Books: The Cheapest Vacation You Can Buy











OthelloFrom Goodreads: Shakespeare’s work features some of the most memorable stories and characters ever created, yet for too many curious readers the combination of ultra-dense dialogue and unfamiliar historical settings make tackling the Bard’s work something between a tedious chore and a confusing mess of bird-bolts and quondam carpet-mongers.

While it’s nearly impossible to replicate or improve on these works, it is (thanks to their timeless nature) possible to make them more accessible to a wider audience.

In this Young Adult retelling of one of William Shakespeare’s most memorable plays, join C.E. Wilson as she breathes new life into Othello, the second book in her series Shakespeare for Everyone Else.

When Archer decides that he’s had enough of Orion and Devony running what he thought was going to be his school he takes desperate measures to ruin everything. Through lies and betrayal, deceit and deception, Archer will stop at nothing to get what he wants, and he doesn’t care whose lives he has to destroy in the process.

Can anyone stop one of William Shakespeare’s most villainous characters in this YA retelling of the epic tragedy of Othello?

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This retelling of Othello makes the bard’s play a bit easier to understand as it’s written in everyday English, but as a young adult novel taking place in a high school setting, well, it’s just not believable.  Neither the situations nor the characters lend themselves to a high school situation that I, personally, find feasible, and the fact that the characters speak in a manner that just isn’t natural made it almost comical in a sense. While in play format, it makes sense for the story to be a little clipped, but in novel format, it just didn’t sit well with me.  While Wilson does a great job staying true to the bards play, the conversations between the characters, and the asides, just did not translate in a manner that made the story believable for me as a reader, and I must say that overall, I personally didn’t really care for it.  Two stars.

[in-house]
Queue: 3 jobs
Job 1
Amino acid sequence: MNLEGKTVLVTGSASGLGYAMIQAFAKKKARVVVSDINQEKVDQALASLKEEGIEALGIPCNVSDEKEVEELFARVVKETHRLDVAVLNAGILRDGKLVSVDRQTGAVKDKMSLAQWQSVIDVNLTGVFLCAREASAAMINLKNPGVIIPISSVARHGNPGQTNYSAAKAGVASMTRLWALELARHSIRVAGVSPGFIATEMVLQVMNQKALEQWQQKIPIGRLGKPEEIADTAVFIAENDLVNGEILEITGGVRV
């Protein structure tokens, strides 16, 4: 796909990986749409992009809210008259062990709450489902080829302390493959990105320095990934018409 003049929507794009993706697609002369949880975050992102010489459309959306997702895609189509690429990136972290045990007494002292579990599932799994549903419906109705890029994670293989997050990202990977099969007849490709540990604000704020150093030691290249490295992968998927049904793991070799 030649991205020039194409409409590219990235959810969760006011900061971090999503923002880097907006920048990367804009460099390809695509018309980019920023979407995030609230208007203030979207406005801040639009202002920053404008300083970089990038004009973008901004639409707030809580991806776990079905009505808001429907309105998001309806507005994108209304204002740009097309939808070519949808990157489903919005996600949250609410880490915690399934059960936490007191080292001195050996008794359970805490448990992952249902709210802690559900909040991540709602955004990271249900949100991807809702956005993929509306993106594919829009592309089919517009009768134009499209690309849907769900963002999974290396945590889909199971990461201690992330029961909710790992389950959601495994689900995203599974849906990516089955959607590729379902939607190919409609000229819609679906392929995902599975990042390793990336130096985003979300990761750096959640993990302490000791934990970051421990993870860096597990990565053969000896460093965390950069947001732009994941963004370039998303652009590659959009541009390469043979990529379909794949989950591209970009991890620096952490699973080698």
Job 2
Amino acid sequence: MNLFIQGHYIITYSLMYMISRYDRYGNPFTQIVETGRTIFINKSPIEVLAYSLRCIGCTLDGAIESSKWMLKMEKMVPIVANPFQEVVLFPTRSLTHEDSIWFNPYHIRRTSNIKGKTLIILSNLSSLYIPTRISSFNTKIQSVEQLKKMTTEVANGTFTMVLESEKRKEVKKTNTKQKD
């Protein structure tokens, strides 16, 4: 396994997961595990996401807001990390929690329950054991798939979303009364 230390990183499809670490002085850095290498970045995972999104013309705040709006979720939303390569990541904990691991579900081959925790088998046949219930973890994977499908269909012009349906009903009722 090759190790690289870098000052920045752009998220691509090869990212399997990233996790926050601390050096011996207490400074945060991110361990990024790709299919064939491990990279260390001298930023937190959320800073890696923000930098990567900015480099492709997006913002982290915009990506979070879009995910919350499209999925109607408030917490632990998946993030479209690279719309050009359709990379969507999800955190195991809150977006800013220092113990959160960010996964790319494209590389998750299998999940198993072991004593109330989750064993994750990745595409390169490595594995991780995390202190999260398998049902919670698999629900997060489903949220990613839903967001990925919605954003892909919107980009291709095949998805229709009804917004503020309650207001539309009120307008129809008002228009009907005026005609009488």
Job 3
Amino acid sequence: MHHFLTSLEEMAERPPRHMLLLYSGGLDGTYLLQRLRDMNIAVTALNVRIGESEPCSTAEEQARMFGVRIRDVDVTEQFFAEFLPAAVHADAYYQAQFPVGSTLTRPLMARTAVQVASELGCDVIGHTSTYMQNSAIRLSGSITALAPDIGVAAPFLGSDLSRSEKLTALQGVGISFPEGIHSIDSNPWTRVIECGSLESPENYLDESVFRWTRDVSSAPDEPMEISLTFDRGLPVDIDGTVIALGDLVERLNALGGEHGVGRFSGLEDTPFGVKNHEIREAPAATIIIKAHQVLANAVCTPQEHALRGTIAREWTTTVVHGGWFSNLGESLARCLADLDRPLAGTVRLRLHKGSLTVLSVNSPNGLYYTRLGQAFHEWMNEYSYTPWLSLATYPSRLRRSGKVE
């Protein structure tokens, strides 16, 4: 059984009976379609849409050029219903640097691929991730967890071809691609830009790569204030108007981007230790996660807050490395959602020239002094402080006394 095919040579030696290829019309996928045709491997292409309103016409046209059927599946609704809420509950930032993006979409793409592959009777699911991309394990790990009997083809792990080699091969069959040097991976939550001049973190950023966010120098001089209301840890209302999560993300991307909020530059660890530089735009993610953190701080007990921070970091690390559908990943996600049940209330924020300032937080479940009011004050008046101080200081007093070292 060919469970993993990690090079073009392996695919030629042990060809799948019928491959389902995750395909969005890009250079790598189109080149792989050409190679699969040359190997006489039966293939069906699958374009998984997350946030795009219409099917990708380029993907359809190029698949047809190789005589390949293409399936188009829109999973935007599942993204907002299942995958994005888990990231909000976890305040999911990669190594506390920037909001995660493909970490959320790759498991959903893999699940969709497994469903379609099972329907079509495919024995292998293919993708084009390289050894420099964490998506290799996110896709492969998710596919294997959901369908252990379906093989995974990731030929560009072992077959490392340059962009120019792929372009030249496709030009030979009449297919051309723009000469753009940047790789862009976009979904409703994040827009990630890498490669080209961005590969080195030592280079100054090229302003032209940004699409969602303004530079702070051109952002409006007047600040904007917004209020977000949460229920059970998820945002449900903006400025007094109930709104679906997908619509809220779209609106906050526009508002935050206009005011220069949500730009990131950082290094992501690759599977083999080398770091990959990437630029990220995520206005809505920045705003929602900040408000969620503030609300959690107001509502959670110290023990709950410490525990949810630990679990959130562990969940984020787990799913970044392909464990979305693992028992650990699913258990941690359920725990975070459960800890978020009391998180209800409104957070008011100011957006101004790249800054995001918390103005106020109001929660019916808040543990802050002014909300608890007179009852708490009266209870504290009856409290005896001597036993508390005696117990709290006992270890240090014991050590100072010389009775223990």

2 stars

I received this novel from the author, via Netgalley, in exchange for an honest review.

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Star WarsFrom Goodreads: Inspired by one of the greatest creative minds in the English language-and William Shakespeare-here is an officially licensed retelling of George Lucas’s epic Star Wars in the style of the immortal Bard of Avon. The saga of a wise (Jedi) knight and an evil (Sith) lord, of a beautiful princess held captive and a young hero coming of age, Star Wars abounds with all the valor and villainy of Shakespeare’s greatest plays. ’Tis a tale told by fretful droids, full of faithful Wookiees and fearstome Stormtroopers, signifying…pretty much everything.

Reimagined in glorious iambic pentameter—and complete with twenty gorgeous Elizabethan illustrations–William Shakespeare’s Star Wars will astound and edify Rebels and Imperials alike. Zounds! This is the book you’re looking for.

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William Shakespeare’s Star Wars is a read every Shakespeare enthusiast will love!  Likewise, it will make teaching Shakespeare to students that much more interesting.  To take a story like Star Wars, one the masses know, love, and understand, and to transition it into Shakespearean language is ingenious, and I am very excited to work with it in the classroom a bit as we gear up to read Hamlet.

The play begins with a sonnet that I can’t wait to show my students, and Doescher does a great job sticking to the Elizabethan form—it looks and sounds just like Shakespeare! I am highly impressed, and I’m so very glad I stumbled across this book.

Perhaps my favorite part was the humor of R2D2, especially his asides in which he actually speaks in sentences as opposed to beeps!  I’ve always wondered what a transcript of what R2 was saying would look like, and Doescher gives us some hilarious insights.  I also really enjoyed picking out the references to Shakespeare’s great classics throughout the novel.  There is one such scene in which Luke laments killing a starship trooper, and it actually mirror’s Hamlet’s famous “Poor Yorick” monologue quite well.

All in all, this is great fun and I highly suggest lovers (and teachers) of Shakespeare scoop it up. Four Stars.

4 starsThe novel was given to me for free during NCTE 2013.

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